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6. Preliminary Matters

a. Any party may file relevant preliminary motions, including a motion for summary judgment, with notice to the other party. Respondents shall answer within 10 days of receipt of such motions.

b. The hearing officer, with or without a motion, may schedule and hold pre-hearing conferences prior to the commencement of the hearing to consider: (1) simplifying the issues; (2) amending the pleadings; (3) obtaining stipulations of facts; (4) disclosure of the number and identities of witnesses; (5) providing for exchange of documents prior to hearing; 6) scheduling the time and place of the hearing; and 7) such other items as may aid in the prompt and just disposition of the hearing. Where feasible, preheating conferences may be held by conference telephone call. Following the conference, the hearing officer shall issue an order reciting the actions taken to be included in the hearing record: or, if the conference is held just prior to the hearing itself, the report of the conference shall be included in the hearing transcript.

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7. Subpoenas

a. Under provisions of Sec. 9-6.14:13 of the Code of Virginia, the hearing officer, upon designation by the agency, has the power to, and on request of any party to a hearing, shall issue subpoenas requiring testimony or the production of books, papers, and physical or other evidence. Any person who is subpoenaed and who objects may petition the hearing officer to quash the subpoena or to modify it as illegally or improvidently granted. If the hearing officer does not quash the subpoena, the objecting person may petition an appropriate Circuit Court to render a decision on the validity thereof. In any case of refusal or neglect to comply with a valid subpoena, unless otherwise provided by law, the party seeking the subpoena may procure an order of enforcement from a Circuit Court.

b. The party requesting the subpoenas may be directed by the hearing officer to obtain service thereof under procedures applicable in the local jurisdiction, with the return of service to be provided for inclusion in the hearing record.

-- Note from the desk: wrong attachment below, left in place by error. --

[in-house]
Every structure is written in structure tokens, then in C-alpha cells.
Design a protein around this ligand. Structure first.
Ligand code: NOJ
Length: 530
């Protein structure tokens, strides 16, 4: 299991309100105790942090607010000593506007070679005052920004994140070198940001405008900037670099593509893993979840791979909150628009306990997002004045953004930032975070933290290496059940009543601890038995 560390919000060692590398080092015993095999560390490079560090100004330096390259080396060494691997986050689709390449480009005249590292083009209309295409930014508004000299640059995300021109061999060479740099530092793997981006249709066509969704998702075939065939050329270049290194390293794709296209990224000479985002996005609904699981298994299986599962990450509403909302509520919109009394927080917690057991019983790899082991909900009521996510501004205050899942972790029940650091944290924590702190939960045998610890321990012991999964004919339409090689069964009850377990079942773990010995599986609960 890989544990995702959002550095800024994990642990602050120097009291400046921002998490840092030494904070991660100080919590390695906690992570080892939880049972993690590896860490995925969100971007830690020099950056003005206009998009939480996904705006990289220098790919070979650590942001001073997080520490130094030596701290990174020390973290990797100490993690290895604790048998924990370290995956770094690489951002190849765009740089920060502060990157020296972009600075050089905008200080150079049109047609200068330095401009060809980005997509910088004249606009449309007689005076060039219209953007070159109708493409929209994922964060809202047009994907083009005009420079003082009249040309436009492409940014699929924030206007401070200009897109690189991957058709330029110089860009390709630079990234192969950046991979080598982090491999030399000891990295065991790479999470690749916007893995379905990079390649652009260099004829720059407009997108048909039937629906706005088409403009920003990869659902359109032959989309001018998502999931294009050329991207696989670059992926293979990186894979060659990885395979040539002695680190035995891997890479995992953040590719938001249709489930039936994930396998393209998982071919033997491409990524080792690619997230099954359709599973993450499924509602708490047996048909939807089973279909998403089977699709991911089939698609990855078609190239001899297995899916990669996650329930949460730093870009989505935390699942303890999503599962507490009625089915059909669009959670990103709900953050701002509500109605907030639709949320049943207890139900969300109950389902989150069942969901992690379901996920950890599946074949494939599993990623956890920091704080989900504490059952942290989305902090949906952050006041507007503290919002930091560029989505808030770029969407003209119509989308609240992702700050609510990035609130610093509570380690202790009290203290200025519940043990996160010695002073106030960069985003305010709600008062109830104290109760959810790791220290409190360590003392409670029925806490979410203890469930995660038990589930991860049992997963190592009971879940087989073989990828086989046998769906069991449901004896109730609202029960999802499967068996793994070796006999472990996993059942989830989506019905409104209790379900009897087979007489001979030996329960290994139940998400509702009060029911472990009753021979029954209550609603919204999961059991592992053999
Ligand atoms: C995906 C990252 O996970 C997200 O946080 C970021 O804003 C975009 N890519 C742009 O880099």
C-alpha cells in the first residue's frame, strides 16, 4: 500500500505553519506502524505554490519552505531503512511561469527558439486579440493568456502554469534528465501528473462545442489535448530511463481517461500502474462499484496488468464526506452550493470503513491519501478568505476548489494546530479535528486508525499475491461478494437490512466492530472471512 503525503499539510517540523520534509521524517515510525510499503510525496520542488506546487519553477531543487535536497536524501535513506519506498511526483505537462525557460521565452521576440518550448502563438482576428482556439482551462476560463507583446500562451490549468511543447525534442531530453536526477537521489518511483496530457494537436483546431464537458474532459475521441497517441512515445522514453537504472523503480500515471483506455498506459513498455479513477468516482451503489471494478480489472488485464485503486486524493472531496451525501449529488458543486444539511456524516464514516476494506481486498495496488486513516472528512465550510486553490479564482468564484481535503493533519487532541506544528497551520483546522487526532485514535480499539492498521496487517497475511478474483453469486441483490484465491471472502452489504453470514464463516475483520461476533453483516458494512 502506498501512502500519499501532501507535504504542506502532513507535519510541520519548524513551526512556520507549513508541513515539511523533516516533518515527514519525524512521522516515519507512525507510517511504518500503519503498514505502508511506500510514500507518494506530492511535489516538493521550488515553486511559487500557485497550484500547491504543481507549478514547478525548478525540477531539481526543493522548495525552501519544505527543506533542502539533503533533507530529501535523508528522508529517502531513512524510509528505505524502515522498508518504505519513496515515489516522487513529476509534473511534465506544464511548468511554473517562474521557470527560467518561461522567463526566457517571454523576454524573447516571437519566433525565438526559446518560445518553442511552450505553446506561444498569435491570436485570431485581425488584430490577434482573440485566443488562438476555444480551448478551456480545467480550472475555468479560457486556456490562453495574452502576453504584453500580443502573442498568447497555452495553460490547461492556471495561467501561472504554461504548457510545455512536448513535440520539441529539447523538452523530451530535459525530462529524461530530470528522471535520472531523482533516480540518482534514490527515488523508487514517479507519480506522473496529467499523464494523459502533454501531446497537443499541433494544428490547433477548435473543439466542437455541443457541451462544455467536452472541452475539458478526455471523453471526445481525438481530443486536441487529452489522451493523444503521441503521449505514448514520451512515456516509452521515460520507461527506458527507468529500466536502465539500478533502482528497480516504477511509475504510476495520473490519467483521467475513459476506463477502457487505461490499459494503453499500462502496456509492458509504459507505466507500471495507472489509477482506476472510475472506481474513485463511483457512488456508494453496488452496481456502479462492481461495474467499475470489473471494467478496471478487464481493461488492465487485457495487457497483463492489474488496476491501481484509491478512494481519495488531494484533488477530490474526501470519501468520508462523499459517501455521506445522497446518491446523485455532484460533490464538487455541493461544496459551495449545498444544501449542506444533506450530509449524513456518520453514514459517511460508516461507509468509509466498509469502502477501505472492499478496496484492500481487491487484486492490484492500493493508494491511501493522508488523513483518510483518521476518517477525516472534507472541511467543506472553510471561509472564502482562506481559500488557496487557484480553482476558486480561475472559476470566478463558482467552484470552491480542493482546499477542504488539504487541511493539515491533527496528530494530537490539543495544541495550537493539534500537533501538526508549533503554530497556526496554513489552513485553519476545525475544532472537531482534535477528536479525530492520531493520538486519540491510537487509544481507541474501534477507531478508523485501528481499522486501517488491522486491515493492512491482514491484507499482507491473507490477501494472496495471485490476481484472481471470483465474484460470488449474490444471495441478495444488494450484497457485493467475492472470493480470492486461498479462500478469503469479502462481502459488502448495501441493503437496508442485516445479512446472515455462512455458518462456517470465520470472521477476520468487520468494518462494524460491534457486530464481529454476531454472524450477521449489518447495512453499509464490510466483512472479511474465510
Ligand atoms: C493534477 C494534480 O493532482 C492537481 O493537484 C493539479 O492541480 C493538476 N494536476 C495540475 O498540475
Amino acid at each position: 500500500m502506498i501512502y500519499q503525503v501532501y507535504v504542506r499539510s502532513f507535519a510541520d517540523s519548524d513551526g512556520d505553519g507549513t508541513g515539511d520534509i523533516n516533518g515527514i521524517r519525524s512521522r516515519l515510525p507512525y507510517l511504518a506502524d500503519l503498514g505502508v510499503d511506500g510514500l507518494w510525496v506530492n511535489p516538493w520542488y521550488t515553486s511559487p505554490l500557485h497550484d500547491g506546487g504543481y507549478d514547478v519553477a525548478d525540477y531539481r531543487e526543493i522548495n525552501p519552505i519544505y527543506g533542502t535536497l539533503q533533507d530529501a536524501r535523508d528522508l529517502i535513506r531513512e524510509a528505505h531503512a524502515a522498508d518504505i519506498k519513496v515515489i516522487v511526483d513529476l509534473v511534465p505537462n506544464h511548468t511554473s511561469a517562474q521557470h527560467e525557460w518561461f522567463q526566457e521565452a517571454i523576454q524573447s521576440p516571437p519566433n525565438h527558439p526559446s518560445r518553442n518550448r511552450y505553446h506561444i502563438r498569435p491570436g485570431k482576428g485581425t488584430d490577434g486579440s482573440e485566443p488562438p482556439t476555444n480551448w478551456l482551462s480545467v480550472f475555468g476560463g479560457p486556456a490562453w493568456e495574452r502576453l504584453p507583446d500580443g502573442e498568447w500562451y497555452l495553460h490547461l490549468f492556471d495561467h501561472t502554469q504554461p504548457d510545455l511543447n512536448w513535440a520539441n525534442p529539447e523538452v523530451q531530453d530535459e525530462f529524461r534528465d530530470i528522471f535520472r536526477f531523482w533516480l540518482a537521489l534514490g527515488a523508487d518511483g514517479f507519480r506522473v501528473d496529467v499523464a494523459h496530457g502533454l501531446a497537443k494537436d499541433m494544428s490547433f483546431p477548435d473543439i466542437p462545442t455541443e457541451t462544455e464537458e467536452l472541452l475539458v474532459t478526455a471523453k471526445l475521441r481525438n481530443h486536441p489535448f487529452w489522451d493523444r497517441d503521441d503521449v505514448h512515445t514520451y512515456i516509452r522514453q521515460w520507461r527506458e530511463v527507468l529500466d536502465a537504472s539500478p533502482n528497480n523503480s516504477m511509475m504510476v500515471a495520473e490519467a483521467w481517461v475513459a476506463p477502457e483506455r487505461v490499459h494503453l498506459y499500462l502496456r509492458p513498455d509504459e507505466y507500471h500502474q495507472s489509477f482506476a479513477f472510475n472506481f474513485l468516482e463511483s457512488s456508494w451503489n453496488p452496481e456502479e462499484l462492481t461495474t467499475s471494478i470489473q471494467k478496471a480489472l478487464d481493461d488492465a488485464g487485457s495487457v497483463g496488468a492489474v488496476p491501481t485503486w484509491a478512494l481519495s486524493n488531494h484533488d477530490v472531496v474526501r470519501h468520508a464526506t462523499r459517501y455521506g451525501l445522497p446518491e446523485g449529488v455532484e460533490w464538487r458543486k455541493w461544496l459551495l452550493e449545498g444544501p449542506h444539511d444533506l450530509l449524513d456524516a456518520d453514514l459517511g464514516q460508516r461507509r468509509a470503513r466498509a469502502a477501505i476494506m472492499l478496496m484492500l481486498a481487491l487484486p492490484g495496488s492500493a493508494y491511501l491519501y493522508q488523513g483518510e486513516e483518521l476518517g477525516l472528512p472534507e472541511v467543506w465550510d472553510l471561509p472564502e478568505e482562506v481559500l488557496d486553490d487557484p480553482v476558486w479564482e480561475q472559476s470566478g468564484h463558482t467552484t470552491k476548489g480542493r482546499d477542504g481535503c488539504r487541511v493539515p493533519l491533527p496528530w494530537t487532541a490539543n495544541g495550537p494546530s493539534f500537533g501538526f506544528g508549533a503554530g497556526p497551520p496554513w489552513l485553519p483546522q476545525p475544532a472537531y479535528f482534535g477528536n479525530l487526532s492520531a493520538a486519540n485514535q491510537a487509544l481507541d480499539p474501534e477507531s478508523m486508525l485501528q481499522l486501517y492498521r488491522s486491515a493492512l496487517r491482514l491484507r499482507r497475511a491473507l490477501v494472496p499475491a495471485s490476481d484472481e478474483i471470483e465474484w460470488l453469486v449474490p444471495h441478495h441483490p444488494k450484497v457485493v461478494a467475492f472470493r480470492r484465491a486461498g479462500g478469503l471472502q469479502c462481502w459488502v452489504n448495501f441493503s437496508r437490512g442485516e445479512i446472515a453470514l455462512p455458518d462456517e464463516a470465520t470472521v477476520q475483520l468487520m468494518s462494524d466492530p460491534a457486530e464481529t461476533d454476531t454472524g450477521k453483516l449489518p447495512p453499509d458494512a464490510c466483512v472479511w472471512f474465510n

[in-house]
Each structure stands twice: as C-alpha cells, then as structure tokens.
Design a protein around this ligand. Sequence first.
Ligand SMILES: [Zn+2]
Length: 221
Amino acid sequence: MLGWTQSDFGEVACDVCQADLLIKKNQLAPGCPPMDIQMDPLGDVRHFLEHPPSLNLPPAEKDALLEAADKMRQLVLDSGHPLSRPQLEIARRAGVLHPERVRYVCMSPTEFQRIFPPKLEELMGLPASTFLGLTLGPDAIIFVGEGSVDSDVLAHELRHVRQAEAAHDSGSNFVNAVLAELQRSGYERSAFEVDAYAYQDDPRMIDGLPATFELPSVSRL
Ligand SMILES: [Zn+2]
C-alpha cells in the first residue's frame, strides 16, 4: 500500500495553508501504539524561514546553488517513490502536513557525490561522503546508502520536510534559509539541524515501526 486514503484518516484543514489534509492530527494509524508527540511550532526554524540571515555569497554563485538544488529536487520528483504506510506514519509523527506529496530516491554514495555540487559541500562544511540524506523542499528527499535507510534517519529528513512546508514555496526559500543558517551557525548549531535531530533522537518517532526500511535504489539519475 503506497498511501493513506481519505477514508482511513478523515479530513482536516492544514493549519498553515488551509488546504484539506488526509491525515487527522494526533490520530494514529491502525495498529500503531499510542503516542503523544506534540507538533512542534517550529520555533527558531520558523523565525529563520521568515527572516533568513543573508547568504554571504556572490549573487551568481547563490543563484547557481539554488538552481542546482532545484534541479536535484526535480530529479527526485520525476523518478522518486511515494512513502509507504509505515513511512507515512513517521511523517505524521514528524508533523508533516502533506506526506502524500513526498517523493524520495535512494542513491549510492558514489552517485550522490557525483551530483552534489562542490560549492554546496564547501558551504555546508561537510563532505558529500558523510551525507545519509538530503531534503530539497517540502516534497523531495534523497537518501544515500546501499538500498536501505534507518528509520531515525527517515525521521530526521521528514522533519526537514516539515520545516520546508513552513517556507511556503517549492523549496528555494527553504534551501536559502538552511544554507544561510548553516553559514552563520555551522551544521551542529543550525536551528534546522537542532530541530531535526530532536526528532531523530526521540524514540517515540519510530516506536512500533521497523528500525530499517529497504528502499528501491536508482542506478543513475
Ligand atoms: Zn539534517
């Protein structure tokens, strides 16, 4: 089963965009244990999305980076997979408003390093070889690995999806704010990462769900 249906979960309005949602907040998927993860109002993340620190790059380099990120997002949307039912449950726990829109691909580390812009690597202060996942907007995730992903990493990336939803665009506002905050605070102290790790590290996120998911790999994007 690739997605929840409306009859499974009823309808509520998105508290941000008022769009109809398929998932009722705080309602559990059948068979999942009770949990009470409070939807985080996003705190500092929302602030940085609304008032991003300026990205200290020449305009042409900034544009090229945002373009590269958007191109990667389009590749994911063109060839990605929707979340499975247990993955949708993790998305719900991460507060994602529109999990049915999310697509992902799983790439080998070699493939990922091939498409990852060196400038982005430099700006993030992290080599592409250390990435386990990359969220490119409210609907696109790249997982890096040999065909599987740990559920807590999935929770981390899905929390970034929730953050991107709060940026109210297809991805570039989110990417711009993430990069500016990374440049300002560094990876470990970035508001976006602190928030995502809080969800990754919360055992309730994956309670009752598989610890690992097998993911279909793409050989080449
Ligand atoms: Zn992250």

c. A subpoena may be served orally by the hearing officer if the person to be subpoenaed is present in the hearing room.

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8. Depositions

Under provisions of Sec. 9-6.14:13 of the Code of Virginia, depositions de bene esse and requests for admissions may be directed, issued, and taken on order of the hearing officer for good cause shown; and orders or authorizations therefore may be challenged or enforced in the same manner as subpoenas. Discovery proceedings are not authorized.

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9. Rights Of Parties

The parties to the hearing shall be entitled to be accompanied by and represented by counsel, to submit oral and documentary evidence and to conduct such cross-examination as may elicit a full and fair disclosure of the facts. The moving party shall have the right to present rebuttal evidence.

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10. Open And Closed Hearings -- Media Access

a. Although administrative hearings are not technically "meetings of a public body," hearing officers should be guided by the policy of the Virginia General Assembly as stated in Sec. 2.1-344 of the Code to the effect that preference should be given to open hearings. to promote increased awareness by all persons of governmental operations.

b. However, in employee grievance, special education, and suspension or revocation of professional license proceedings, requests for a closed hearing should be honored where a meritorious showing is made of the need to protect privacy.

c. Where classified materials are sought to be introduced, the hearing officer may close the hearing for their consideration and receipt in evidence. Appropriate steps should be taken to preserve confidentiality of such materials.

d. Access to open hearing by the media should be controlled so as not to interfere with the dignity and smooth conduct of the administrative hearing process. Recording and video equipment should be restricted to locations which do not impact upon the performance of witnesses, counsel, and the hearing officer.

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11. Hearing Agenda

a. Unless otherwise provided, the order of proceedings shall be: (1) introductory remarks by the hearing officer; (2) disposition of preliminary motions; (3) opening statements on behalf of the parties; (4) the proponent or applicant's case-in-chief; (5) the respondent's case; (6) the proponent or applicant's rebuttal case; (7) closing oral arguments; (8) receipt of requests to submit written proposed findings of fact and conclusions of law; and (9) adjournment.

b. Rules of evidence: The hearing officer shall follow the guidelines of the Virginia Administrative Process Act set forth in section 2 above. Where evidence is excluded, counsel may submit oral or written offers of proof consisting of the substance of evidence which counsel contends should have been received. The documents offered shall be marked for identification for inclusion in the record. In his discretion and in order to obtain a complete record, the hearing officer may examine any witness with due regard to the necessity for impartiality. The hearing officer may take official notice of indisputable material facts, setting forth in the decision the particular items upon which weight was given in arriving at findings of fact. Any objecting party may be given an opportunity to present evidence in rebuttal to the matters officially noticed, if the objection is found to have substance.